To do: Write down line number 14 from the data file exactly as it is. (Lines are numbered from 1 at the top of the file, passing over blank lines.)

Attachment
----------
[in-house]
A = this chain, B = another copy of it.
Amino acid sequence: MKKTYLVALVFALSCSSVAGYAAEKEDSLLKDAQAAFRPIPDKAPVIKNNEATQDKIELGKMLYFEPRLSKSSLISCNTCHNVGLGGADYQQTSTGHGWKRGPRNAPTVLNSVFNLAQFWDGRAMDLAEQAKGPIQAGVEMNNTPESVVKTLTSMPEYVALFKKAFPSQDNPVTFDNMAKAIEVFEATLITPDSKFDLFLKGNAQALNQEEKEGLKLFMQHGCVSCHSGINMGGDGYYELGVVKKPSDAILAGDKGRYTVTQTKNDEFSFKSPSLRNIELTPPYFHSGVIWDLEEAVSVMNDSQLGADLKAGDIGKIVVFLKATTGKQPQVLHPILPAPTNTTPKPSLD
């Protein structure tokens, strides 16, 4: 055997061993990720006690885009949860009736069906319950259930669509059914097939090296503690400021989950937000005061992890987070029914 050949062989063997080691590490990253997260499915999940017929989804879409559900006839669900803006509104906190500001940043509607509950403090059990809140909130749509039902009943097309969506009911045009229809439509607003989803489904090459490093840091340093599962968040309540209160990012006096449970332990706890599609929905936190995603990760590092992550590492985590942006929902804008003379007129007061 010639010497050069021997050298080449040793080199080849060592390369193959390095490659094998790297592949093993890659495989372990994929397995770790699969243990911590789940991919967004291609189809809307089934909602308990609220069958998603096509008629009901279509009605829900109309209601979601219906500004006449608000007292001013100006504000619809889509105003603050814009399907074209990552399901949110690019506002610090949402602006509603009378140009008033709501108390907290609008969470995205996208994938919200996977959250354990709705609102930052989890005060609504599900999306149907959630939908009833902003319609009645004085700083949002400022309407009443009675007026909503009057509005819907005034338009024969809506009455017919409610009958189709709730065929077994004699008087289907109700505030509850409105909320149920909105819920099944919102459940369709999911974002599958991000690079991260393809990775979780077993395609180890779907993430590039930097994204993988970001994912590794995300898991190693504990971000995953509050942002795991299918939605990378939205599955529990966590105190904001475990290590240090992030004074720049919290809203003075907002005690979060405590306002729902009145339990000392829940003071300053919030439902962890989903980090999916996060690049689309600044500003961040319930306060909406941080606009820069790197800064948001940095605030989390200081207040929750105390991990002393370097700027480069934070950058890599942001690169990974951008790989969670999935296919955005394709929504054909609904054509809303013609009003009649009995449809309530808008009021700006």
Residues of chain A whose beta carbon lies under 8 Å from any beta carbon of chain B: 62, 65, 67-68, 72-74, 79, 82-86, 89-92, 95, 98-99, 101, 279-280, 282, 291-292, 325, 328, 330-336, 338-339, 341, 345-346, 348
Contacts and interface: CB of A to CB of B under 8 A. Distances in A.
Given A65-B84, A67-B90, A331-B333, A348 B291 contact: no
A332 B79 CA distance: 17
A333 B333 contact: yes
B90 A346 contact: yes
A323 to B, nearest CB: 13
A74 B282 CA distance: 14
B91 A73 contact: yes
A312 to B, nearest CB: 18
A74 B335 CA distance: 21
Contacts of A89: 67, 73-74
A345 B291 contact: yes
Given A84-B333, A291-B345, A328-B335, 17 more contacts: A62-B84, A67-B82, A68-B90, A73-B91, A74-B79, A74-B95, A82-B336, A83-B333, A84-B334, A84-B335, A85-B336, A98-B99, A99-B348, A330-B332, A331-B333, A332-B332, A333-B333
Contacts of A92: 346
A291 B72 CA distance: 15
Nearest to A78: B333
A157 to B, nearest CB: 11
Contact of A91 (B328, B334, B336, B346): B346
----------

A312 to B, nearest CB: 18